int main() OR void main()... 
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 int main() OR void main()...

Something of interest to me...*s*

What is the difference between using "int main()" or "void main()" to
mark the start of the main() function... ???   I know that if you use
the "int" return type for the function, you have to accompany it with an
ending "return" value, but isn't this just a waste of space...???

For instance, doesn't setting the return type for main() as "int"
specify an area in memory for a possible returning "int" value...???
Wouldn't this be using more memory than necessary...???   I'm told that
if the main() function was needed to return a value to another "calling"
program/function that the return type would have to be set, but in my
experience (which is only about a year), I have never seen such a
case...

Trevor...



Sat, 09 Nov 2002 03:00:00 GMT  
 int main() OR void main()...

: Something of interest to me...*s*

: What is the difference between using "int main()" or "void main()" to
: mark the start of the main() function... ???   I know that if you use
: the "int" return type for the function, you have to accompany it with an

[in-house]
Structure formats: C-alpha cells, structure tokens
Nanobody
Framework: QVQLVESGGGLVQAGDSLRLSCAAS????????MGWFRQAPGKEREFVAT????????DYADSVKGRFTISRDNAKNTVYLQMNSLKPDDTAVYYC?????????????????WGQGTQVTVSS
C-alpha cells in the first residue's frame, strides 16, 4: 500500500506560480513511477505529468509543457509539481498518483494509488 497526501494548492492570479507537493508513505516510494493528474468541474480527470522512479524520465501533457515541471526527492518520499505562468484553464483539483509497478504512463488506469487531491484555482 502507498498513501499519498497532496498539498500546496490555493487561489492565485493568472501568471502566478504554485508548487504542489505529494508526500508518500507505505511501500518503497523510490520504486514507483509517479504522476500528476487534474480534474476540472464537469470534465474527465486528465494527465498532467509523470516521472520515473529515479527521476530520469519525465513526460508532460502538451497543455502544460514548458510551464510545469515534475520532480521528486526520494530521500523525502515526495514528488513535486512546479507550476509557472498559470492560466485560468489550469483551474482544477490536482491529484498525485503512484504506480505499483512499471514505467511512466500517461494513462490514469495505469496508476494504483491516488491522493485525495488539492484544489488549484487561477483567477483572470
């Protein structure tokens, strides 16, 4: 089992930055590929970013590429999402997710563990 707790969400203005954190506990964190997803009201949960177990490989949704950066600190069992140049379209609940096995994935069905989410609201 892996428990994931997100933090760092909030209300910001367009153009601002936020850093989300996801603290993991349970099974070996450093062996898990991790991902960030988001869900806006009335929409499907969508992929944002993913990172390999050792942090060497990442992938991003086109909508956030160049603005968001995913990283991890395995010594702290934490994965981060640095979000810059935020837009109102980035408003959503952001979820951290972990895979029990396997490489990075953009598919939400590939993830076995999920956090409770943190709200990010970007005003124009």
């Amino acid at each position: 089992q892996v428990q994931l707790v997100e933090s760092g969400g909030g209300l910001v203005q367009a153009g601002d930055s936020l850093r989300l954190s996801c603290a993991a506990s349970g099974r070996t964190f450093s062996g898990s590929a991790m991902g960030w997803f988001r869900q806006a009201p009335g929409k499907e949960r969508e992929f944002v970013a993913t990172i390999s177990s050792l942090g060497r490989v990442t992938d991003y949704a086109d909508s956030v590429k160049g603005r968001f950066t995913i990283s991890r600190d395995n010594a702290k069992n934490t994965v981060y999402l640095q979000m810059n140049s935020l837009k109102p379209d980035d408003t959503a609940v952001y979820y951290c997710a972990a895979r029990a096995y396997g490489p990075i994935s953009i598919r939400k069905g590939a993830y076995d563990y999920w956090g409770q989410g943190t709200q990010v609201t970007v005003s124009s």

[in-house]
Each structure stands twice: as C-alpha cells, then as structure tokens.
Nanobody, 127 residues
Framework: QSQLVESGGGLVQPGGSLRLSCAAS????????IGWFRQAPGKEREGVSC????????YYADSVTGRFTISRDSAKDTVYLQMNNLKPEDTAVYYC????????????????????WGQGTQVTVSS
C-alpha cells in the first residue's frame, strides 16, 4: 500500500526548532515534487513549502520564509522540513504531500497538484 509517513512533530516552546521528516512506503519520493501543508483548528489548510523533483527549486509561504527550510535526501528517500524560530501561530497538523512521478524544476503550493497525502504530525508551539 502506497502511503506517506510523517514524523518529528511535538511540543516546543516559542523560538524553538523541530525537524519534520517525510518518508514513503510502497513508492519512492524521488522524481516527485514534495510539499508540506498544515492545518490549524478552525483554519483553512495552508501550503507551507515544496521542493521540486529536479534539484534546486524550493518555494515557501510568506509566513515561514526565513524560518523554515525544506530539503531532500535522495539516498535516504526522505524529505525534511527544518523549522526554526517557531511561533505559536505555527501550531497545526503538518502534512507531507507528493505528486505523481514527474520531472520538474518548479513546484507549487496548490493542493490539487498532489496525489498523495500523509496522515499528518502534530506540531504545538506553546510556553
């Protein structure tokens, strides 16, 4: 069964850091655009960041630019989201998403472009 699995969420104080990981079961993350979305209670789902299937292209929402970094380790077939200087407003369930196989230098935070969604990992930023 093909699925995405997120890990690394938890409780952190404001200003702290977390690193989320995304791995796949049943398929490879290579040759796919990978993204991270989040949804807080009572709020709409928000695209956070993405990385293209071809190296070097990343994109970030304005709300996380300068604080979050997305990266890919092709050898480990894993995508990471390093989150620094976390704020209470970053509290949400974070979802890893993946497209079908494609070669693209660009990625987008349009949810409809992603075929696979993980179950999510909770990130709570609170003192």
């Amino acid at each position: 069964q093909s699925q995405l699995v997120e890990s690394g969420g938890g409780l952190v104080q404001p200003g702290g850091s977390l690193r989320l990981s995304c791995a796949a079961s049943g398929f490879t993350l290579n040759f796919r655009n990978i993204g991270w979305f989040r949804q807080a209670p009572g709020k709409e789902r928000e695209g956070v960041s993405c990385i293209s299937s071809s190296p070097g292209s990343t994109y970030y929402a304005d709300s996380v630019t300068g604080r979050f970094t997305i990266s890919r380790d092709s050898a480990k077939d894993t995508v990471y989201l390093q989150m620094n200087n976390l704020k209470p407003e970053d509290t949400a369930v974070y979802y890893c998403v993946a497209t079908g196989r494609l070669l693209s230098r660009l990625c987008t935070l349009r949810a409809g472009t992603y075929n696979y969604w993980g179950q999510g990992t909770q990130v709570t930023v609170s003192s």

: ending "return" value, but isn't this just a waste of space...???

No, it's not a waste of space. The most important point is, the C
standard defines main() as returning int, not void. Using a normal
ANSI-C compiler, if you type void main() instead of int main(), the
compiler is free to generate code to fill your hard drive with fluffy
pink bunnies singing "These sounds fall into my mind" by The
Bucketheads.
Also, most operating systems expect the program to return an exit code
telling if it succeeded or failed. If the program uses void main(), this
exit code will be garbage and have no real bearing to whether the
program succeeded or failed.

: For instance, doesn't setting the return type for main() as "int"
: specify an area in memory for a possible returning "int" value...???
: Wouldn't this be using more memory than necessary...???

If you're THAT short of memory, you should be programming in Assembler,
not C.

: I'm told that
: if the main() function was needed to return a value to another "calling"
: program/function that the return type would have to be set, but in my
: experience (which is only about a year), I have never seen such a
: case...

You were not told the whole truth. The "calling" program/function might
not always be an explicit C program, it could be the OS itself.

--

| Kingpriest of "The Flying Lemon Tree" G++ FR FW+ M- #80 D+ ADA N+++ |
| http://www.helsinki.fi/~palaste       W++ B OP+                     |
\----------------------------------------- Finland rules! ------------/

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   - Montgomery Burns



Sat, 09 Nov 2002 03:00:00 GMT  
 int main() OR void main()...

Quote:

> What is the difference between using "int main()" or "void main()" to
> mark the start of the main() function... ???   I know that if you use